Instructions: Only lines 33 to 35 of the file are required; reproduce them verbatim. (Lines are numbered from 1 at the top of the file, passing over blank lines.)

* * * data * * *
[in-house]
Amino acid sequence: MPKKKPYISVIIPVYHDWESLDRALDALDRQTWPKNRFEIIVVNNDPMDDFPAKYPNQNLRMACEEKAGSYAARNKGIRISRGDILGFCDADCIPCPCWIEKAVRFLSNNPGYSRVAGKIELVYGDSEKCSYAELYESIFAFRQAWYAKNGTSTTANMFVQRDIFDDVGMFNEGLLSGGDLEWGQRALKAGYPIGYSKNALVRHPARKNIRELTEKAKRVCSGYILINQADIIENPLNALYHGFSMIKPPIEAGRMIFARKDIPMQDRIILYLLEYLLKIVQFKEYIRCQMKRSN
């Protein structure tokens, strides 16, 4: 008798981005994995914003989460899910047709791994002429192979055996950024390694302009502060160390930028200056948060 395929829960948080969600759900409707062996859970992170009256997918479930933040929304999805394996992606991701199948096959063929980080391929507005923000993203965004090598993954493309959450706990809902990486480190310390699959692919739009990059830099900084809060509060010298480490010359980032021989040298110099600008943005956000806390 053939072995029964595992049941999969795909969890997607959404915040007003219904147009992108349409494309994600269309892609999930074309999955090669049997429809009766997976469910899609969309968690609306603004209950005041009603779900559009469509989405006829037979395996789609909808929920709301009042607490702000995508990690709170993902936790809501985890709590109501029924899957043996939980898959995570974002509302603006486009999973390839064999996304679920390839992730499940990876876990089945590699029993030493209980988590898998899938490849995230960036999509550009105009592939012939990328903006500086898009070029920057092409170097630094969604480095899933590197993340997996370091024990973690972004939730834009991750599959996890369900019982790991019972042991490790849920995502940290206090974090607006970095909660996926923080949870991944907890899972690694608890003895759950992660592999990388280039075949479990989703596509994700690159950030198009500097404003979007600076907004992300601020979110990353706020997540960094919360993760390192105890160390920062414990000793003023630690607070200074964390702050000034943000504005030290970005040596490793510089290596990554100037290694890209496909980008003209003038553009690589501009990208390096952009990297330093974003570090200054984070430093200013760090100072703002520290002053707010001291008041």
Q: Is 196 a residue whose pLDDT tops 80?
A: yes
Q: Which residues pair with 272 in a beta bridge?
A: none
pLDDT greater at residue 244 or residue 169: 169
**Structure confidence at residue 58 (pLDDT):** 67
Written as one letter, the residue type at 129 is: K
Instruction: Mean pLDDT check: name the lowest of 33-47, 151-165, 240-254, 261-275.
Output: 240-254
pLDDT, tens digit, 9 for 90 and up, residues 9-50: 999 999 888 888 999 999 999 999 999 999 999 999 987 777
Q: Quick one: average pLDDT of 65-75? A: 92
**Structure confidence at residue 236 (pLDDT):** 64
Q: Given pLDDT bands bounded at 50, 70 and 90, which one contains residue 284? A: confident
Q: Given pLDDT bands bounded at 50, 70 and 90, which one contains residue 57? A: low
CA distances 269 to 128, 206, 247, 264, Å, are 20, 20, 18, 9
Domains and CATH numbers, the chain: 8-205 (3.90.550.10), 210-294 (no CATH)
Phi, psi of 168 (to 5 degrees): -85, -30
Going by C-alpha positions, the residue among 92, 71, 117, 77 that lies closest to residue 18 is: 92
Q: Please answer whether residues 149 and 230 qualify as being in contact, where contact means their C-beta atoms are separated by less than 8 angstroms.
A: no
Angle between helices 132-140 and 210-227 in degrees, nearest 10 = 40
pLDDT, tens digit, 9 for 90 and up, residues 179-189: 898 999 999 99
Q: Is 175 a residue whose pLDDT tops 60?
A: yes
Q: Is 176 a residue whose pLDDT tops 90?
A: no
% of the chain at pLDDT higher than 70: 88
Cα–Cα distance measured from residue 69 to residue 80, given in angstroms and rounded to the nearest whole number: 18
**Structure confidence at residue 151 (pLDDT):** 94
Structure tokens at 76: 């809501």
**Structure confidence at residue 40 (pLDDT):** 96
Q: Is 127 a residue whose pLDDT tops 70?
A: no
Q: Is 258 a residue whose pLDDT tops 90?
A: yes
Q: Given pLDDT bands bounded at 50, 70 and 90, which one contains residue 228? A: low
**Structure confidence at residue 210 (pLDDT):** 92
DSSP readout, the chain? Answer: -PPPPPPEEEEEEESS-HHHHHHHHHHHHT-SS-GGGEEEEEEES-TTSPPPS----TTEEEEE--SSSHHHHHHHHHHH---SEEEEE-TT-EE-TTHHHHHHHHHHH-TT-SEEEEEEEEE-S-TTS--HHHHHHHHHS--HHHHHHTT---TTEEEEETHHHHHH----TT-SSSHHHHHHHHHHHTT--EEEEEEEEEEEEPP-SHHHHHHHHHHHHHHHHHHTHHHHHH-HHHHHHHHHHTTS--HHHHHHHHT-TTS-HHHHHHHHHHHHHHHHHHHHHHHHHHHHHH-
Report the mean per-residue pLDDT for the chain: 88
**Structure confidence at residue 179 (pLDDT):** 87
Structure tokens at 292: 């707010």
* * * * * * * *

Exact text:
Structure tokens at 76: 């809501």
**Structure confidence at residue 40 (pLDDT):** 96
Q: Is 127 a residue whose pLDDT tops 70?